Recently, a number of important studies have provided evidence that reducing risk factors is an effective and important strategy. Gait retraining is one example of a therapeutic intervention used to reduce risk factors of ERLP that shows great promise. The goal of gait training may differ slightly based on the particular cause of ERLP; for instance, in patients with MTSS, the primary goal is to reduce the ground reaction forces experienced with each step. In CECS, however, the primary goal is to reduce muscular activation in the symptomatic compartments (34). It has demonstrated the ability to alleviate pain symptoms in patients with CECS and has the added benefit of being relatively cheap and simple to implement. In fact, ground reactive forces experienced by the heel can decrease simply by providing three gait training cues: change to a ball-of-foot strike, increase cadence to 180 steps per minute, and stand up taller (34).

Gait retraining may combine several mechanisms to reduce pain symptoms experienced during periods of increased exertion. For instance, switching from a hindfoot strike to forefoot strike gait pattern has the effect of decreasing ground reaction forces as well as decreasing eccentric activity of the tibialis anterior (35). Diebal et al. (36) found that 6 wk of instruction geared toward forefoot strike running was able to significantly reduce intracompartmental pressures after running and negate the need for surgical intervention in patients diagnosed with CECS. It must be noted that gait retraining of running and marching is only relevant to patients that have symptoms during running sports. Changing gait mechanics may be less relevant for skaters, skiers, trampolinists, and so on.

Ultimately, treatment of CECS must always involve an in-depth discussion regarding goals of treatment as well as setting expectations for recovery. Surgery, while effective for many, may not be the best first-line option for all patients as often as previously suspected. Conservative management may best be instituted for specific populations as a collaborative process, involving sports medicine, physiatry, physical therapy, and so on, to ensure optimal patient outcomes and satisfaction. If or when such conservative approaches fail, then surgical intervention remains a viable option.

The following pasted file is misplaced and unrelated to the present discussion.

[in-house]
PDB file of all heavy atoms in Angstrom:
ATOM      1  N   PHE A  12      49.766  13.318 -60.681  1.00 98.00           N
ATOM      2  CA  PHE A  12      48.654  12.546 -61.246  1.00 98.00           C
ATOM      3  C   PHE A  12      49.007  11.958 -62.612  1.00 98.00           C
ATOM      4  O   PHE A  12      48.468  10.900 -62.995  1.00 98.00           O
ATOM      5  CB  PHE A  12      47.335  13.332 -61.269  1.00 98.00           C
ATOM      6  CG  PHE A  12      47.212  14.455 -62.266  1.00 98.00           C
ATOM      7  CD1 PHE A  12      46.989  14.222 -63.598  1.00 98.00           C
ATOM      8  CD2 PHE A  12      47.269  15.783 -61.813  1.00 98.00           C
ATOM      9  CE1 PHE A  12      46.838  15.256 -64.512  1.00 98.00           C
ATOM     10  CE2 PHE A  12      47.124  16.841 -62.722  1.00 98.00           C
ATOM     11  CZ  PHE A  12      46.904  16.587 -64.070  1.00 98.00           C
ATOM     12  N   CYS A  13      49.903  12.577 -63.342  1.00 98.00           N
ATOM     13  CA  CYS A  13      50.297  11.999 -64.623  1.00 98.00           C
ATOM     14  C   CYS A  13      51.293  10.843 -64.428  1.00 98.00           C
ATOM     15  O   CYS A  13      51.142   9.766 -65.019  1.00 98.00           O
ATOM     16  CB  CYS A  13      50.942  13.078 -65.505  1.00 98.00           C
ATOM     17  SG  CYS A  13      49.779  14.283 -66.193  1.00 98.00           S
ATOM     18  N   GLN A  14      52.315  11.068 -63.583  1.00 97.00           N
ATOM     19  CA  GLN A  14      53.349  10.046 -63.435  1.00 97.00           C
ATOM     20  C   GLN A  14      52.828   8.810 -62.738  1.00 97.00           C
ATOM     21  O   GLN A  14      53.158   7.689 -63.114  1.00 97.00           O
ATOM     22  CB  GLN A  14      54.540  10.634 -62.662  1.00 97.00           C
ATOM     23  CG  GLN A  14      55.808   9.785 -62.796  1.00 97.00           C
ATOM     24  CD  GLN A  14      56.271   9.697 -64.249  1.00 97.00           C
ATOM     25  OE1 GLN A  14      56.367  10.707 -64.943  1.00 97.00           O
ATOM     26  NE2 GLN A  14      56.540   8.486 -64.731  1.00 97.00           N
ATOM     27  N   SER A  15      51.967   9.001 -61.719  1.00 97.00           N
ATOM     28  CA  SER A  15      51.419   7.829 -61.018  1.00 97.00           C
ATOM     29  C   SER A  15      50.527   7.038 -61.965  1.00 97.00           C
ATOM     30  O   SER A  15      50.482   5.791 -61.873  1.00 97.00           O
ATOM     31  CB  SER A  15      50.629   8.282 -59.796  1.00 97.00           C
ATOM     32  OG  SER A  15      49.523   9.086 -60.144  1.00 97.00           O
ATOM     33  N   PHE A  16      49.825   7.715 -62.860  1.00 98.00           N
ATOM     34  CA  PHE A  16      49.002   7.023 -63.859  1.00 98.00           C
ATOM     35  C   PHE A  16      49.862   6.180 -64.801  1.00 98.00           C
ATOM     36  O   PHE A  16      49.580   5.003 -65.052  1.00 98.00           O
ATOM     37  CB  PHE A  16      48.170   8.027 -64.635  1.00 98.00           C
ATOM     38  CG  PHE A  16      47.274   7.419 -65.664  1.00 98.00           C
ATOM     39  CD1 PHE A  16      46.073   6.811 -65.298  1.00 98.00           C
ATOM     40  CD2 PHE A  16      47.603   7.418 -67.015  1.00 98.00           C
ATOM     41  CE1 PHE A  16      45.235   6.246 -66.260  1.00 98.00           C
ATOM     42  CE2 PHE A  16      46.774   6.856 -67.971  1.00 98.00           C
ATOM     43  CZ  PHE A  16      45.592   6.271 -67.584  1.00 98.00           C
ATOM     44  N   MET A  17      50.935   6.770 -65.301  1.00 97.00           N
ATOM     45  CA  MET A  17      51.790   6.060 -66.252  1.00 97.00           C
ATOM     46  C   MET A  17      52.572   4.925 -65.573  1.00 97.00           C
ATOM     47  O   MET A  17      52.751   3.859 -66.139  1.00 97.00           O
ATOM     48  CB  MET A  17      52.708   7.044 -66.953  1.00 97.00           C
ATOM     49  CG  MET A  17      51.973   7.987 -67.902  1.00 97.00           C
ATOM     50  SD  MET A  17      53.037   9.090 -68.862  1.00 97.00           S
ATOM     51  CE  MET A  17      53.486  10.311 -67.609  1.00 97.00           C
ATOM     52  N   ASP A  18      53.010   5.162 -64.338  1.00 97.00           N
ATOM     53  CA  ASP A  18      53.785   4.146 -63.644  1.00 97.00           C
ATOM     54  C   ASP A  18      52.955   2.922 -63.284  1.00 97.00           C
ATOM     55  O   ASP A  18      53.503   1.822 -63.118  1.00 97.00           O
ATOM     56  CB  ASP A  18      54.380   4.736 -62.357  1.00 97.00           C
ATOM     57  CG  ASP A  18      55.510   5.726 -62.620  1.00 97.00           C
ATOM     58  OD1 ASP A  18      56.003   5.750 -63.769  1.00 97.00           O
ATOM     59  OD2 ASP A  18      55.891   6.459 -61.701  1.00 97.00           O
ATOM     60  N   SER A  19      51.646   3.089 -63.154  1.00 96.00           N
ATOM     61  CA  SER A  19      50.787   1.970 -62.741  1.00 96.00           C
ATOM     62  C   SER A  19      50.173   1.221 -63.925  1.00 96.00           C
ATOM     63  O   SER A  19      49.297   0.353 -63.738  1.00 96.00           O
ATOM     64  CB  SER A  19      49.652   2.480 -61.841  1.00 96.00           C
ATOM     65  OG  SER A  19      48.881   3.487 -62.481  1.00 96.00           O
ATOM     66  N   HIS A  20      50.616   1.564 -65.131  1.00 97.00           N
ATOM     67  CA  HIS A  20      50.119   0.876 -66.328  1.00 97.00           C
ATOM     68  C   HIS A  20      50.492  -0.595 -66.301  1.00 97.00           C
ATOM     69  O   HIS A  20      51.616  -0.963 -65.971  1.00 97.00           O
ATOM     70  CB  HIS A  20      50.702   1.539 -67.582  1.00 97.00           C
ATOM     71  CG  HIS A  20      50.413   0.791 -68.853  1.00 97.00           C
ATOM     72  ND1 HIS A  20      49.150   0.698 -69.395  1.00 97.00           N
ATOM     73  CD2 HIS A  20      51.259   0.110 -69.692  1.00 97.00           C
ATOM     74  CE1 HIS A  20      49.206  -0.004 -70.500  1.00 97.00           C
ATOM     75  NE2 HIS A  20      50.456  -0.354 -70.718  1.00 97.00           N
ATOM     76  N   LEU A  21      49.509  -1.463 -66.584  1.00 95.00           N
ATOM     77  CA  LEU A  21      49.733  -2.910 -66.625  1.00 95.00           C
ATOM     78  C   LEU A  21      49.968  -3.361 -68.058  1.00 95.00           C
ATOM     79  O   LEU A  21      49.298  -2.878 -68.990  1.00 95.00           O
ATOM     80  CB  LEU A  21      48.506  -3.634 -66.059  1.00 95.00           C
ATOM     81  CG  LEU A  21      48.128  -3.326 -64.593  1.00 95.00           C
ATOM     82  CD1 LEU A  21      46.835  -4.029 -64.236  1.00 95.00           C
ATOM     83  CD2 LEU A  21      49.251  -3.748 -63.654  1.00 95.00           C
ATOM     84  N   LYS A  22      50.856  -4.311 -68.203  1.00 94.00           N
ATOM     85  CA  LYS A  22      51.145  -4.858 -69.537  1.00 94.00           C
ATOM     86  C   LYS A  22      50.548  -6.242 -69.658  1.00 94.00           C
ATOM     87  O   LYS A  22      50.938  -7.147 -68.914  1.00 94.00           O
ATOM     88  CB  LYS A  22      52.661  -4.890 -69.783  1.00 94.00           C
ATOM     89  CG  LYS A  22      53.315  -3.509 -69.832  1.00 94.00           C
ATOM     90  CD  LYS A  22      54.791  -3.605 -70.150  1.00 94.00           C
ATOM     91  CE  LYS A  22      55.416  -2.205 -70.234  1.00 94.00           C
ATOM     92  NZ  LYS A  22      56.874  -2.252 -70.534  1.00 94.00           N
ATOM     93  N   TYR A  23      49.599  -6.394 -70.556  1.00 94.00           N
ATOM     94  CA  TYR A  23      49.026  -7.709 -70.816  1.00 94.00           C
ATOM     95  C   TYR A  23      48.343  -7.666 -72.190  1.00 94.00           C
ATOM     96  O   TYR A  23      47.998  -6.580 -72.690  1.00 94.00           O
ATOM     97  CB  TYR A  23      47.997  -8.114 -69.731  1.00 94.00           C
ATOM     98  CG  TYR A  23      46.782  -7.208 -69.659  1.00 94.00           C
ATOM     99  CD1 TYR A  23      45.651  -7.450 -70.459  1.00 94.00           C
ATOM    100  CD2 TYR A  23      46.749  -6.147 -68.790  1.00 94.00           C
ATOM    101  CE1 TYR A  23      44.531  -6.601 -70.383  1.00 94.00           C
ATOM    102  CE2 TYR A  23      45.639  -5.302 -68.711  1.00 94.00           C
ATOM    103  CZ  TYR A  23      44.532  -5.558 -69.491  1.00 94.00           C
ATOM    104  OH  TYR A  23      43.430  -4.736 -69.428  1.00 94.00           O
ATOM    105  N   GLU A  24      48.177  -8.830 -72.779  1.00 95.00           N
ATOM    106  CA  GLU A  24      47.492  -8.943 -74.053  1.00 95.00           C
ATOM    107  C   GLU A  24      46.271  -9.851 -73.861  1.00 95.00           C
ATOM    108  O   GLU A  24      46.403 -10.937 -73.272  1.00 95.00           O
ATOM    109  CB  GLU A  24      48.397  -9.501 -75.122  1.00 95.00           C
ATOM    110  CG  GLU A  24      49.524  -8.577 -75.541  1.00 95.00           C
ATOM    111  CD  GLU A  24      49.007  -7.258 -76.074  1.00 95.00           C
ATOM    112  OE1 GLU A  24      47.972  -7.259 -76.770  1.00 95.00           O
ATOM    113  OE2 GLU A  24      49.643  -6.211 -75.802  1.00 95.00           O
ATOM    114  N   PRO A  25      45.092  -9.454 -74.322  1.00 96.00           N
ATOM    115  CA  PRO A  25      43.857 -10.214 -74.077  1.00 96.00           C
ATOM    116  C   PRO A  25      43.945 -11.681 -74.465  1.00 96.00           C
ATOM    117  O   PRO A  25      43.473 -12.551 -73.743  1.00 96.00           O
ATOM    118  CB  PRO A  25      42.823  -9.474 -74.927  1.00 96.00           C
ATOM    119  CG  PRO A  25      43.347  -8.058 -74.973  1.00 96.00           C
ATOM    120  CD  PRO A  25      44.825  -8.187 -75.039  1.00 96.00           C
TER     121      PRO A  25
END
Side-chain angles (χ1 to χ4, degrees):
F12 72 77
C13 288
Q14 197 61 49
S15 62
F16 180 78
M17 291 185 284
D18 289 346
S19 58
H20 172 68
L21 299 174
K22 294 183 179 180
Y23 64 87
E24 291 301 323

Exertional leg pain is a common complaint among athletes and military recruits. The common chief complaint carries several potential diagnoses that may be difficult to distinguish. CECS should be suspected in any patient who presents with complaints of burning exertional leg pain and tightness. Despite the condition originally being described more than 60 years ago, the pathophysiology remains only partially understood and specific diagnostic criteria have yet to be established and universally accepted. Therefore, clinicians should keep a high index of suspicion for CECS while still making sure to rule out other potential causes of ERLP during a diagnostic workup. The condition remains a challenge to diagnose, but recent years have seen developments in diagnostic tools, including standardized provocation test with detailed symptom description, NIRS, and MR imaging, which may provide more pieces of information to make a definitive diagnosis. Accurate diagnosis will allow targeted treatment and improve outcomes. Once the condition is properly identified, treatment options should be discussed with consideration given to the patient's presymptomatic, current, and target activity levels. While fasciotomy remains the gold standard treatment option for many physicians, recent literature suggests that the results may not be as successful as previously thought. Conversely, conservative management options, particularly gait retraining, is showing encouraging results as a nonsurgical treatment option that may return patients to pain-free physical activity. At the present moment, it seems likely that some patients may be able to delay or completely avoid the need for surgery by using conservative management options. A collaborative approach between conservative and surgical approaches appears to be the wise next step. Future research on the subject, specifically randomized control trials with three treatment arms (conservative only, surgery only, and a combination of surgery plus gait retraining), would provide valuable information to aid in the advancement of treatment options. As more research is conducted, the long-term results of surgery versus newer conservative methods will become increasingly clear.

The authors declare no conflict of interest and do not have any financial disclosures.


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Recommended Resources:

  • Hamstra-Wright KL, Bliven KCH, Bay C. Risk factors for medial tibial stress syndrome in physically active individuals such as runners and military personnel: A systematic review and meta-analysis. Br J Sports Med. 2015; 49(6):362–9.
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  • Zimmermann WO, Bakker EWP. Reducing vertical ground reaction forces: The relative importance of three gait retraining cues. Clin Biomechanics. 2019; 69: 16–20.